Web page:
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  • Tödliche Gratwanderung. Die Reichsvereinigung der Juden in Deutschland zwischen Hoffnung, Zwang, Selbstbehauptung und Verstrickung (1939–1945) by Beate Meyer
  • Thomas Pegelow Kaplan
Tödliche Gratwanderung. Die Reichsvereinigung der Juden in Deutschland zwischen Hoffnung, Zwang, Selbstbehauptung und Verstrickung (1939–1945). By Beate Meyer. Göttingen: Wallstein, 2011. Pp. 464. Cloth €39.90. ISBN 978-3835309333.

From specialized studies to broader syntheses, the struggle of German Jewry in the Nazi state has continued to be a major subject of scholarly analysis. Yet, noticeable gaps have remained, including the absence of comprehensive studies about the Reich Association of Jews in Germany (Reichsvereinigung der Juden in Deutschland)—the compulsory organization for so-called “racial Jews” (1939–1943)—and its successor [End Page 223] organization for Jews in “mixed marriages,” the Rest-Reichsvereinigung (1943–1945). Though Esriel Hildesheimer’s Jüdische Selbstverwaltung unter dem NS-Regime (Tübingen, 1994) already made an important contribution, Beate Meyer has now significantly helped to broaden our understanding of the Reichsvereinigung.

Meyer’s study focuses on the Reich Association’s German-Jewish functionaries, from the Berlin-based leadership that included Paul Eppstein and Leo Baeck to the heads of the district offices and “intermediaries” (Vertrauensmänner) across the Reich such as Max Plaut and Ernst Neumark. Meyer, a senior researcher at the Hamburg Institute for the History of German Jews, examines these men’s—and, in a few cases, women’s—motivations, as well as their interactions with the Association’s membership and institutions of the Nazi state, particularly the Reich Security Main Office, the Association’s formal “supervisory authority” (15). Meyer also seeks to determine these functionaries’ strategies for confronting Nazi officials, their room for maneuver, and the nature and duration of their “successes” (243).

Using the metaphor of a “tightrope walk” (Gratwanderung), the author presents the practices of the functionaries as a balancing act between support of an increasingly sick, older remnant of German Jewry, on the one hand, and, on the other, the “moral dilemma” of a forced “cooperation” (241) that aided the Gestapo in locating, robbing, and deporting those Jews in the Association’s care. Meyer’s work consequently dismisses interpretations by scholars such as H. G. Adler [Theresienstadt 1941–1945: Das Antlitz einer Zwangsgemeinschaft (Tübingen, 1955)], who characterized executive committee member Paul Eppstein as weak and ready to execute any SS order. Instead, in the context of escalating anti-Jewish violence at the onset of the fall 1941 deportations, upper-level functionaries like Eppstein chose a “strategy of cooperation” (426). They hoped to secure information about deportation measures in an attempt to slow them down and alleviate widespread suffering. Most of these officials soon recognized the “genocidal content” (120) of the regime’s policies. Motivated by “concerns” (162) for fellow Jews in need of protection, and accustomed to public leadership roles, they nevertheless remained in their posts.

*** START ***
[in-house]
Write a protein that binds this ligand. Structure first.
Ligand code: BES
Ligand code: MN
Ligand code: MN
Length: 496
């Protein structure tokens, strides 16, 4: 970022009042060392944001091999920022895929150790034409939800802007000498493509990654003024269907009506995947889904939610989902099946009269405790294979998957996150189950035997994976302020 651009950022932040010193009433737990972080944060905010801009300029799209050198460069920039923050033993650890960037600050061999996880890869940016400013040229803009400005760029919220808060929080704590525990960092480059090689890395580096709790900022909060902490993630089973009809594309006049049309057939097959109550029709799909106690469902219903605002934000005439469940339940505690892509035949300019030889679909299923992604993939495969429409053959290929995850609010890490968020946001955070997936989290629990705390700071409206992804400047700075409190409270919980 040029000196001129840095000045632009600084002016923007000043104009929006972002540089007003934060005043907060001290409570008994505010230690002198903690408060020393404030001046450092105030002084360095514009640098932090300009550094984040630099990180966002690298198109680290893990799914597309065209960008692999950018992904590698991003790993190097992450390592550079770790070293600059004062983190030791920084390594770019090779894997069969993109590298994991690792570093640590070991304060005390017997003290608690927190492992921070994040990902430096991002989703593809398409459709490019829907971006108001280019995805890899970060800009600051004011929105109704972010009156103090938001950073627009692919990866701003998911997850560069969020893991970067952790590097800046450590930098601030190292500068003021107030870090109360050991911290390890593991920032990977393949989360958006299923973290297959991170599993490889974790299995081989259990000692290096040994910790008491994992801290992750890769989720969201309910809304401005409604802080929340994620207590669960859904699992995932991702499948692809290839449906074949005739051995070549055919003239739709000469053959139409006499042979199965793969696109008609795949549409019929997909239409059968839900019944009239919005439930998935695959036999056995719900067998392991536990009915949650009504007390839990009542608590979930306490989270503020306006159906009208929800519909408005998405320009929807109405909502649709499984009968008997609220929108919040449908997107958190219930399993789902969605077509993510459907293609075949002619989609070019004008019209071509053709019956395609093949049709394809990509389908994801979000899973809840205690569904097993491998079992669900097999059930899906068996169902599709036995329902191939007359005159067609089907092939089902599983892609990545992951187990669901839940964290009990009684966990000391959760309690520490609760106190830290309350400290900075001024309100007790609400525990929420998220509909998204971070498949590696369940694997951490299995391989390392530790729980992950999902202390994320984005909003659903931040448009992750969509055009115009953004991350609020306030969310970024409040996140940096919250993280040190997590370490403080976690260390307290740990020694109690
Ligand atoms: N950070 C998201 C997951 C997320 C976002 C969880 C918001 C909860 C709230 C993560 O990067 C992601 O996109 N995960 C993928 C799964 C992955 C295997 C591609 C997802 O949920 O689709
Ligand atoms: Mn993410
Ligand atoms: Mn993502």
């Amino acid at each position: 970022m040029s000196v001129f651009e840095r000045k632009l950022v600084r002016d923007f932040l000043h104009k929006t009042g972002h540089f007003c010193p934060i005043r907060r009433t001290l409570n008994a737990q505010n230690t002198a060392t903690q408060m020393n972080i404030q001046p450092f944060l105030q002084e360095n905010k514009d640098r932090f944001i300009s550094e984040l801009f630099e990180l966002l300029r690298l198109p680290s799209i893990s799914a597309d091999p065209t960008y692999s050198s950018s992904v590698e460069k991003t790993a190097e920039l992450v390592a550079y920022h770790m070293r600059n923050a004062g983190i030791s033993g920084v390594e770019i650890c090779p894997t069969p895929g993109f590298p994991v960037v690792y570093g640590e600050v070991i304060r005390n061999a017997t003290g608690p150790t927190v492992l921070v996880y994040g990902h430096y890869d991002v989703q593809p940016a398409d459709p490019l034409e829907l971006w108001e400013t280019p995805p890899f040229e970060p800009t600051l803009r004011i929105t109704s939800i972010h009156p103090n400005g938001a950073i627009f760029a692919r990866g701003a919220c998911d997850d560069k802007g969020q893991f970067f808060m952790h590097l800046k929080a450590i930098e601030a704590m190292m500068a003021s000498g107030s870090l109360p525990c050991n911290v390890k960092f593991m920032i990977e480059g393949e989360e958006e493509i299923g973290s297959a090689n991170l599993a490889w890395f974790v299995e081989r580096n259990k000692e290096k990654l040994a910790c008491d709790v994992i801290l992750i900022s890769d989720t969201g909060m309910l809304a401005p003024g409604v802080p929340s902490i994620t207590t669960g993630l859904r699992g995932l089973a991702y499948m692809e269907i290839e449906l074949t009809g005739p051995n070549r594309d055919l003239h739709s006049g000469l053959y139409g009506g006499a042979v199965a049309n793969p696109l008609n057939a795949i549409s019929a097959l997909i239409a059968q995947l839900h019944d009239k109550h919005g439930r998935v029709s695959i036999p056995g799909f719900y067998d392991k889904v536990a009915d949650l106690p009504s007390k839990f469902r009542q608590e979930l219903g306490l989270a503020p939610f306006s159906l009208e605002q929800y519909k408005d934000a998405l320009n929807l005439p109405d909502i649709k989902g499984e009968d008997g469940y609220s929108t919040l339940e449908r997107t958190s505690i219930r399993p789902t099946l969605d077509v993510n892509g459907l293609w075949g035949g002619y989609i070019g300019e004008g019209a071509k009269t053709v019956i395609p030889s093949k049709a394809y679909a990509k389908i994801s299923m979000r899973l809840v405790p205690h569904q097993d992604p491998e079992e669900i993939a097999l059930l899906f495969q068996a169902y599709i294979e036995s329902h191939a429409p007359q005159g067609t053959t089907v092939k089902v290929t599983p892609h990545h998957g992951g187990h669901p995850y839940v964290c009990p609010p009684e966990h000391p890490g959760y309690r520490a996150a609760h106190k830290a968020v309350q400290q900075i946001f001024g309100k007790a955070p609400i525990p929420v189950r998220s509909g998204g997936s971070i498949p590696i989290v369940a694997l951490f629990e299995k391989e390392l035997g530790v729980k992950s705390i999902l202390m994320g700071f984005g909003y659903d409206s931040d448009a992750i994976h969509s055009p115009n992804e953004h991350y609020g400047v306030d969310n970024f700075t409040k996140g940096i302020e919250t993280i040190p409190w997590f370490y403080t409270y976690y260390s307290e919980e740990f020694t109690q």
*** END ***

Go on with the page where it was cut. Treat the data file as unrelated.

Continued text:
Especially illuminating in its assessment of the Reichsvereinigung’s work in the provinces, Meyer’s study detects three distinct “behavioral patterns” (Verhaltensweisen) on the part of regional officials: compliance with all orders, the offering of “solutions” (337) to Gestapo officials to various problems in order to achieve exemptions for local members, and, though rare, the violation of instructions. Under specific circumstances—such as situations involving infighting among Nazi agencies (e.g., in Nuremberg) or in which Jewish functionaries could establish “reliable” relations (279) with the local Gestapo (e.g., in Hamburg), theses behavioral patterns yielded some successes, including the release of arrested Jews. Still, in the end, “all delays proved futile” (188). The Reich Security Main Office did not, Meyer stresses, follow [End Page 224] traditional rules or honor agreements. By mid 1943, the Gestapo had dissolved the Reichsvereinigung and deported all of its members who were not married to a Gentile, including almost the entire national and regional leadership.

The author divides her study into four parts that highlight the Reichsvereinigung’s establishment and role in the forced emigration of German Jews, the cooperation of the Association’s Berlin leadership during the 1941–1943 deportations, the work of Reichsvereinigung leaders in the provinces, and the final struggles of the Rest-Reichsvereinigung. In contrast to earlier works by scholars like Otto D. Kulka...


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